South Carolina’s effort to enforce environmental laws hasn’t stopped companies and government agencies from repeatedly breaking rules to protect the air, land and water during the past two decades.
Nearly 25 percent of the 4,700 businesses and governments cited for violating environmental laws since 1991 have done so multiple times, and in some cases, their failures to follow the rules are continuing today, according to civil enforcement records analyzed by The State newspaper.
Repeat offenders in South Carolina include power companies, local wastewater utilities, military bases, private shipyards, national garbage corporations, major cement factories, farm companies and public universities, according to Department of Health and Environmental Control records.
Sometimes, businesses and governments with multiple violations have threatened public health and safety by failing to manage toxic or explosive materials in accordance with the rules, records show. In one instance, Clemson University didn’t adequately protect the campus from explosions or fires from hazardous materials – five years after state regulators fined the school for not properly managing hazardous substances.
Other times, companies and governments repeatedly have dumped raw or poorly treated sewage into rivers where people kayak and fish. One national corporation, Utilities Inc., owns companies that have been fined more than 50 times for violating water and wastewater laws since the mid-1990s, including one Lowcountry sewage plant with a 20-year history of noncompliance issues.
In addition to Utilities Inc., those with the most repeat violations that also have had troubles with DHEC in recent years include the U.S. military, Giant Cement/Giant Resource Recovery, SCE&G, Pickens County and Detyens Shipyards, according to records examined by The State in DHEC’s enforcement database.
Each has at least 20 violations, including one or more in the past five years, the newspaper found in examining the DHEC data.
Not all of the repeat violations in DHEC’s database are considered threats to the environment. Some are “paperwork” offenses that companies liken to traffic or parking tickets. Companies and governments reached by the newspaper said they’re committed to environmental protection.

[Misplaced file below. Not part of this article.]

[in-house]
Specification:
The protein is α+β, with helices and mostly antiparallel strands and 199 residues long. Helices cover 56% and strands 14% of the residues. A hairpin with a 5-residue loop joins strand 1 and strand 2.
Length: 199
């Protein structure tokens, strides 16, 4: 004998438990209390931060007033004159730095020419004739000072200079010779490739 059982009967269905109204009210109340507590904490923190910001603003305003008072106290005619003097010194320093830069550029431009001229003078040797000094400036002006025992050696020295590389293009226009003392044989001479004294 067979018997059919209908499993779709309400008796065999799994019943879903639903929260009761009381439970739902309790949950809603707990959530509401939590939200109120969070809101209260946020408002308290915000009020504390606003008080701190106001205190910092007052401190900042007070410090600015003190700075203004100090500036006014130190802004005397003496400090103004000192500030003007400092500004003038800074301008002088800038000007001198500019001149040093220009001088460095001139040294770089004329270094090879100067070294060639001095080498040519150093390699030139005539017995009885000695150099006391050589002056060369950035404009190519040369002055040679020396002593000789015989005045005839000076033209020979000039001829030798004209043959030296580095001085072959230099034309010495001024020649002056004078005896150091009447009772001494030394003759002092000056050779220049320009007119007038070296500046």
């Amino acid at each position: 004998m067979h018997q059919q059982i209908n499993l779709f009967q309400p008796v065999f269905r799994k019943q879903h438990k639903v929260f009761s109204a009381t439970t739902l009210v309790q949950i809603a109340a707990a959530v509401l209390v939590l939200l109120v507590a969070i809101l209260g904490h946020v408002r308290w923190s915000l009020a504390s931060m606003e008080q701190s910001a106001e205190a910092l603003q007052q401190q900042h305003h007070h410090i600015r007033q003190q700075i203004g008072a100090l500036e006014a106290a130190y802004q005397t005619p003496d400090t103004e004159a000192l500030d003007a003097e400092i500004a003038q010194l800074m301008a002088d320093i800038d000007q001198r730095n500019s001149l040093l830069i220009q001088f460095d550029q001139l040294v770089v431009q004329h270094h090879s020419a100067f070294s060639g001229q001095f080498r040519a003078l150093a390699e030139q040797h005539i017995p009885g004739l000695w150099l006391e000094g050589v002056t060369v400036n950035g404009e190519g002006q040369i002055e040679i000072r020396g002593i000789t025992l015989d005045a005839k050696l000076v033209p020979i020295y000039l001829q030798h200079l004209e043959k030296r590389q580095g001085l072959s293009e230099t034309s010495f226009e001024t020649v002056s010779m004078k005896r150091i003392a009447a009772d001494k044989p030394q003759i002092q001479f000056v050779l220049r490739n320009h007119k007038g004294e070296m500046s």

But repeat violations also are nothing to ignore, despite pledges to do better in the future, said several enforcement experts and lawyers who questioned whether South Carolina’s effort to punish polluters is effective enough.
Anyone who shows a pattern of breaking environmental laws warrants scrutiny and possibly tougher penalties, they said.
Ilan Levin, associate director of the Washington-headquartered Environmental Integrity Project, said fines for those who break environmental laws need to be high enough to prevent multiple offenses.
“Those fines have to be a deterrent,” Levin said. “The only purpose, in my view, of having penalties is to deter future noncompliance. If the fines are too puny, then they have the exact opposite effect of what they’re supposed to do.”
Records examined by The State show the average environmental fine in South Carolina is less than $9,000, even though many federal pollution laws allow maximum penalties in excess of $25,000 per day.
Levin and former DHEC air pollution enforcement chief Dick Sharpe said paying a penalty sometimes is cheaper than spending money to upgrade outdated industrial plants or government facilities.
“I suspect that some companies build this in as a cost of doing business,” Sharpe said. “It’s not anything you could ever pin on anybody, but I think it’s certainly true.”
DHEC also has difficulty hitting parent corporations with heavy fines for the misdeeds of companies they own, agency director Catherine Templeton said. The agency has difficulty fining the parent companies because their subsidiaries hold the permits, she said.
Even so, Templeton and industry officials said companies aren’t trying to break the rules but genuinely want to follow the law. Industries invest heavily in training, said Lewis Gossett, who heads the S.C. Manufacturers Alliance.
“We spend more time and money on this than just about anybody,” Gossett said of training and environmental compliance efforts. “It is a culture.”
Gossett, a former state labor department chief, said certain types of industries have more of a challenge complying with the law than others because of the nature of their operations. Some industrial processes require certain pollution discharge permits, while other processes do not, he said.
Templeton downplayed the significance of the number of repeat violations during the past 20 years, saying it’s hard to compare fines because the offenses are so different. Templeton, who has initiated major changes since becoming director in 2012, said she has been impressed with DHEC’s enforcement effort.
The goal is not to assess penalties, but to make sure companies and governments follow the law, she said. The agency sometimes pushes violators to modernize their plants rather than smacking them with heavy fines, records show.
“Our goal is compliance – and enforcement and penalties are one tool in that toolbox,” Templeton said. “There is a balance there.”